It’s important for a publisher to produce a quality product. Since self-pubs are especially scrutinized by book industry members, it’s even more important for a self-published book not to look home made. Bindings, paper, all the things that contribute to the look and feel of a book, need to be just right.
I had a good idea which printing house to choose, but asked around to make sure. Book Surge didn’t seem popular. Lulu fared better, but I heard grumblings that made me pause.
Lightning Source appeared to be the leader. My small press publisher, Hard Shell Word Factory, had used the same printing house for Two Wrongs and Girl of My Dreams, and I was pleased with the result. Not only that, Lightning Source belonged to Ingram, which meant a great distribution base, including not only Ingram itself, but Amazon.com, Barnes & Noble.com, NACSCORP, Rittenhouse and even the Espresso Book Machine. That was just in the United States. In the United Kingdom, Amazon.uk, Bertrams, Blackwell, Book Depository, Ltd, Argosy Ireland, and more distributed Lightning Source books.
I found out that Lightning Source not only distributed books to a publisher’s customers through its Partners program, but it also shipped books at a discount straight to the publisher upon request. If I needed books for book signings on consignment, or for special events such as craft fairs or Christmas bazaars, I could have them shipped to me.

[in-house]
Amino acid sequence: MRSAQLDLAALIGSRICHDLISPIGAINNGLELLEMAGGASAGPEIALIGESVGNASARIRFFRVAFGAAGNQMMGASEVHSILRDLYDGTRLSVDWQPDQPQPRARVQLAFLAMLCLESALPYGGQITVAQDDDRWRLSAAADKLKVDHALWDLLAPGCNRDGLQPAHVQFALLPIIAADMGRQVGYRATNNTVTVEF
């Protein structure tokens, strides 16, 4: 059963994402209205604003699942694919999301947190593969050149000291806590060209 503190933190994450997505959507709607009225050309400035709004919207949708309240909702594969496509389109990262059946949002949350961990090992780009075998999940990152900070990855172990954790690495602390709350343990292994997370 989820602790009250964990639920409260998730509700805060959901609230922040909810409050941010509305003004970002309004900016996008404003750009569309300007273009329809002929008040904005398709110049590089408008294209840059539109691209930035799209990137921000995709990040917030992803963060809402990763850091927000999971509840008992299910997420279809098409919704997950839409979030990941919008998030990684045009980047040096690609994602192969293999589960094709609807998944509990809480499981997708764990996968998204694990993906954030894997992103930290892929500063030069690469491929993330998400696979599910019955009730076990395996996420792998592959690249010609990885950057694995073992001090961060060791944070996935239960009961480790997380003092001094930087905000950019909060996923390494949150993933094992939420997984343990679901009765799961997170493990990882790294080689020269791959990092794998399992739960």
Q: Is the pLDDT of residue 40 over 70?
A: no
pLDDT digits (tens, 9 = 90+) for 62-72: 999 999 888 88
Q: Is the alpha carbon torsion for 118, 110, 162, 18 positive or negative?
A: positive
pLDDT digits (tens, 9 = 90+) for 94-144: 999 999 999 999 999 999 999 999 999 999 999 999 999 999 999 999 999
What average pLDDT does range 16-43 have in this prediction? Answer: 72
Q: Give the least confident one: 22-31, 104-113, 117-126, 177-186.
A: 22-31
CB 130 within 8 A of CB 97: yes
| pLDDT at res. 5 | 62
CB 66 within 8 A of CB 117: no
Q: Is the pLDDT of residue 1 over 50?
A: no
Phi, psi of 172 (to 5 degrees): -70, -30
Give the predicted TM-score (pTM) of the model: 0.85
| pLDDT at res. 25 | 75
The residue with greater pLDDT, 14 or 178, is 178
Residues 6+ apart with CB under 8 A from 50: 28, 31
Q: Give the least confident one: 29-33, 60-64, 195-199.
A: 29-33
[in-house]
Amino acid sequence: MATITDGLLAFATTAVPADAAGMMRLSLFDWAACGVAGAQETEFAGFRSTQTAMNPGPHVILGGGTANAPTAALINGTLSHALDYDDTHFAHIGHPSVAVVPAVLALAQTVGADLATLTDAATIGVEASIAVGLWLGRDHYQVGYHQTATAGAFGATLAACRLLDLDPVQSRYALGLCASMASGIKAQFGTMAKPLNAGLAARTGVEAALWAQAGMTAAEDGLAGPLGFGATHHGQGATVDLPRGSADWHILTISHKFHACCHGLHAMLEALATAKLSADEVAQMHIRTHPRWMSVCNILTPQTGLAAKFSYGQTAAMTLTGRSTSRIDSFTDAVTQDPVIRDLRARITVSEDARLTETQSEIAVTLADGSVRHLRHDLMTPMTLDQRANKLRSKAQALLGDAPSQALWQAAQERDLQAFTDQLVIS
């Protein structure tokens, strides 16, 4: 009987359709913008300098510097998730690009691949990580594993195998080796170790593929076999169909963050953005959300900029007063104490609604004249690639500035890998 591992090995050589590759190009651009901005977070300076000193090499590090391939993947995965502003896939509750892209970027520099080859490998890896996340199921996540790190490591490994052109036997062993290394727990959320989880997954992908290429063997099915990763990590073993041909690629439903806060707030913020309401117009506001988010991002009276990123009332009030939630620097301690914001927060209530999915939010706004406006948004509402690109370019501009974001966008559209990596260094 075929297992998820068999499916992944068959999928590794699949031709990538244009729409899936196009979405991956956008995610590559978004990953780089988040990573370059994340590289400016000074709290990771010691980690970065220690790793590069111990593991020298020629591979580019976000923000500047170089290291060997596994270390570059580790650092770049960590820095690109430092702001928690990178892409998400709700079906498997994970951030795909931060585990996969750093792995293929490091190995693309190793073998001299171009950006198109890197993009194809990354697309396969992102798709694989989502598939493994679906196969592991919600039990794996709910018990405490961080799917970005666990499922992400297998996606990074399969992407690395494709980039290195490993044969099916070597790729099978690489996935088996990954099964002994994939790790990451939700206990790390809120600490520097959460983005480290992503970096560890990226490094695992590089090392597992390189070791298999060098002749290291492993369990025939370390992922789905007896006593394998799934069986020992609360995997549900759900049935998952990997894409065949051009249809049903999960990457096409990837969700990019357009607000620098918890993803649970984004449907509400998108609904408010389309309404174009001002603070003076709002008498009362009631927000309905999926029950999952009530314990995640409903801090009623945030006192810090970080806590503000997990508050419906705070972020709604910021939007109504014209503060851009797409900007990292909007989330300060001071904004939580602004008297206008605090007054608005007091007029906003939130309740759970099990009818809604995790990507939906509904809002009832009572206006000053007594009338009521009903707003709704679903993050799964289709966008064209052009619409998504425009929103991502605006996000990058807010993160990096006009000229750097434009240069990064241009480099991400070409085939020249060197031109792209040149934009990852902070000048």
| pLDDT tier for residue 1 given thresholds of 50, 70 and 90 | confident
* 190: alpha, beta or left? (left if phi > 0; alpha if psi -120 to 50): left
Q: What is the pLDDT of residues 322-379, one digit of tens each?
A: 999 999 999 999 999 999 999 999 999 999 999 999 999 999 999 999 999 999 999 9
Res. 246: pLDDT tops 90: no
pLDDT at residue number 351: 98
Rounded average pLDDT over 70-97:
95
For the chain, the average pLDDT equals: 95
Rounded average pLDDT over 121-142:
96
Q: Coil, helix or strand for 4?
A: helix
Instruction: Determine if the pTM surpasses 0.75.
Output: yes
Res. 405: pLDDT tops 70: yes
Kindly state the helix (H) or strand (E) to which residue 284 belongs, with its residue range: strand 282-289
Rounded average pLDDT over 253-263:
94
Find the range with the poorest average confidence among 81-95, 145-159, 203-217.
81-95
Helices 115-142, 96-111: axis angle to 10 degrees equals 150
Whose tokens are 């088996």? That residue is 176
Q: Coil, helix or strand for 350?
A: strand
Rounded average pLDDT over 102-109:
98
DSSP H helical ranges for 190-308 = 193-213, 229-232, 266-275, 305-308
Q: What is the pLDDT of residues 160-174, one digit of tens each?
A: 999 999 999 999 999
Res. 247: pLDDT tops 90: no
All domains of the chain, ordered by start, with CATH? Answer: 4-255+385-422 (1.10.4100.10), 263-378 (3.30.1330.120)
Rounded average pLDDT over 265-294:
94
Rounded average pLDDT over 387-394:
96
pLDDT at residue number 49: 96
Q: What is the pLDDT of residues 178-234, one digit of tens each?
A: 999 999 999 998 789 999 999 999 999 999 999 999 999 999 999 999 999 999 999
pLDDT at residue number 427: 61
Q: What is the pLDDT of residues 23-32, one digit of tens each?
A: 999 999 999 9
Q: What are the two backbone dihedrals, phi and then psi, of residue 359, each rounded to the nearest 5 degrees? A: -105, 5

I registered, chose a username and a password. Before long I was accepted into the fold and assigned a representative. Believe me, I needed one. I had no idea what many of the basic publishing terms meant, such as bleeding or book block. I kept getting mixed up about crazy things. One time, I half-filled out the US contract, but needed to look up some answers. When I came back to find it, I didn’t know where it was. An e-mail to my representative told me where to go, in a nice way, that is.
While this was going on, I was finishing up my edits. Once the book was ready in that respect, I needed to make decisions on the printing end. A confusing drop-down list of choices threw me off at first, but I was able to make my selections by thinking of what I would like as a reader. I wanted a book that would not fall apart, so I chose perfect binding. I wanted paper without glare, so I chose an off white, called crème. I knew how many times I would pick up a book, see the small print and put it back down, so I chose one a little larger, everyday 12 point Times Roman. I liked the size of my prior books, so I chose the 5 by 8 size.
I was happy with my selections, but an even more difficult choice awaited me. Readers look at covers before anything else. What should mine look like?
Come on back for Day Five, when my topic is Setting Up Cover Art & Logo.
Before you leave, maybe you can tell us - Does the inside of a book influence your purchase?